Such preferential treatment will automatically be changing as soon as each individual maquila company renews its VAT certification, which occurs every one to three years, depending on the number of workers and machinery and equipment involved.
Upon VAT certification renewal, companies will, among other things: (i) no longer have the ability to obtain expedited 16% VAT refunds on their operational balance (capacity to continue temporarily importing without paying VAT remains, however); (ii) have a reduced time frame to use most temporarily imported goods (from 36 months to 18 months), although longer periods will apply to certain products, such as containers, machinery and equipment; (iii) no longer be automatically enrolled in sectorial import programs (steel, motor vehicles, textiles, others); (iv) have to file weekly pedimento submissions, instead of monthly, and will not be able to temporarily import products without declaring serial numbers.
Prior to October 1, 2020, the importation of certain materials to be utilized in production processes, or which would not be sold to the public in the same shape or form as imported, were permitted to enter under “exemption letters” that would allow them to be imported without proof of NOMs compliance (not all imports are subject to NOM compliance, as per their relevant import tariff numbers).
Consequently, as of this date, importers are no longer allowed to use such exemption letters and, upon importation, are obliged to demonstrate compliance with relevant NOMs either prior to the importation process, or afterward.
A number of procedural rules apply to each of the aforementioned options, and some other requirements must be previously fulfilled in order to benefit from them. Also, Mexican authorities have issued, and continue to issue, administrative criteria to clarify their practical applications of this measure.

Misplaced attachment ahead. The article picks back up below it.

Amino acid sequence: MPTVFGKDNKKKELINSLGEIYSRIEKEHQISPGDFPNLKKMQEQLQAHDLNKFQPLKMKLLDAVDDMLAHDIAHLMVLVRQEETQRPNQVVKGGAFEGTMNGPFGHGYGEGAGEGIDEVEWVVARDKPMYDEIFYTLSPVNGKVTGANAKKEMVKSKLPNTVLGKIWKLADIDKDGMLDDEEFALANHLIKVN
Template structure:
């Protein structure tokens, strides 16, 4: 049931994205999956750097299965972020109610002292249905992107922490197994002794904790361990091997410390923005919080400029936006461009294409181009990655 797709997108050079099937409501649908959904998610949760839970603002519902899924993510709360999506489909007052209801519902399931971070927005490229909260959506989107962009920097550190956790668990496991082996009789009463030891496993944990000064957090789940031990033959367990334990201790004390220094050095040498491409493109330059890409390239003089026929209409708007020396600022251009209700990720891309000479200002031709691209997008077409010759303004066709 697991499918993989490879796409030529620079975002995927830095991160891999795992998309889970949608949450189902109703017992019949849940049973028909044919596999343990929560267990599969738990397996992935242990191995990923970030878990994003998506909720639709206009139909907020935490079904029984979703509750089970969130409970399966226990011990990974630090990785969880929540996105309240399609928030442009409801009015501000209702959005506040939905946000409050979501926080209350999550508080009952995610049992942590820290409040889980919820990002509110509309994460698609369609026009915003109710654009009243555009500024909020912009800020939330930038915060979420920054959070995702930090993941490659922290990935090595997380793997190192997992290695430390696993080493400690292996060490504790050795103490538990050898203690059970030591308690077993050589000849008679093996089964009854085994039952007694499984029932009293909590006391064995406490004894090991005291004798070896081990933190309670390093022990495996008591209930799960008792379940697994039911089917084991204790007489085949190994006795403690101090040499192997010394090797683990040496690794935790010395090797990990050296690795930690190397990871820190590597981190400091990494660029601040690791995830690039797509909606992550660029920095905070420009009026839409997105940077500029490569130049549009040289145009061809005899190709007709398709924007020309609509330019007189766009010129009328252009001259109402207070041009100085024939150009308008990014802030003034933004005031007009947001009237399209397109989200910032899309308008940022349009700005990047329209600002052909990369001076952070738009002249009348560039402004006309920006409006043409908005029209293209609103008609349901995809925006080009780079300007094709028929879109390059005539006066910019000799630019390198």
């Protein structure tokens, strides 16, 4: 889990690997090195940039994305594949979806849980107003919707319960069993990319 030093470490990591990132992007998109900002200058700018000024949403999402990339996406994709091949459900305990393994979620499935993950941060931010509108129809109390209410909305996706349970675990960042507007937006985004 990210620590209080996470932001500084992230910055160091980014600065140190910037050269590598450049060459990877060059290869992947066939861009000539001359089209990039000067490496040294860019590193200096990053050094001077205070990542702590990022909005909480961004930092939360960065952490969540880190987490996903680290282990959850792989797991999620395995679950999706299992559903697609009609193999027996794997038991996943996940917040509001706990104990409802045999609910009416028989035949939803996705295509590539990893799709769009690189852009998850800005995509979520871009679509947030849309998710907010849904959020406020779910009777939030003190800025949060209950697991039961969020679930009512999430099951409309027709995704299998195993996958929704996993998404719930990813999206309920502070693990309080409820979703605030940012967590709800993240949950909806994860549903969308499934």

Mexico has amended its relevant labor laws to comply with USMCA, most importantly to guarantee the basic rights of freedom of association and collective bargaining, with the non-stated objective of increasing wages in the country.
There are immediate and intermediate obligations for employers pertaining current collective labor contracts. Regarding the former, (i) i.e. as of today, such contracts shall be free of “interference” from employers (it is considered interference to promote the establishment of workers’ unions dominated by an employer or an employers’ organization and to support, economically or otherwise, workers’ unions in order to place them under the control of an employer or an employers’ organization). Pertaining the latter, (ii) labor contracts need to be “legitimized” by May 1, 2023 at the latest, as per the process already issued by the Mexican Labor Secretary.1
Because of the foregoing, there will be real, working unions, meaning that collective contracts signed with employer-friendly unions (commonly known as “protection” contracts, or contracts with “white” unions) will soon be eliminated, which will likely bring new leadership and more than one union to a company.
Determination of denial of freedom of association and collective bargaining rights may be made by a Facility-Specific Rapid Response Labor Mechanism; if such a denial of rights determination is made, the covered facility´s goods or services could face a suspension of preferential tariff treatment, or the imposition of penalties. It would be convenient for employers to inoculate themselves (a timely term) against potential arguments from competitors, that such basic labor rights are being denied in their Mexico manufacturing plants.
Recent tax reforms have expanded the scope of application of the permanent establishment rules in Mexico. This is a sensitive issue because foreign companies that are deemed to have a permanent establishment in the country for tax purposes shall be subject to levies (with respect to the revenue attributable to said permanent establishment). Therefore, companies already doing business, or that are considering setting up operations in Mexico, should evaluate these changes to the Mexican tax legislation to assess any potential risk of being considered to have a local taxable presence.
1 See Diario Oficial de la Federación of July 31, 2019.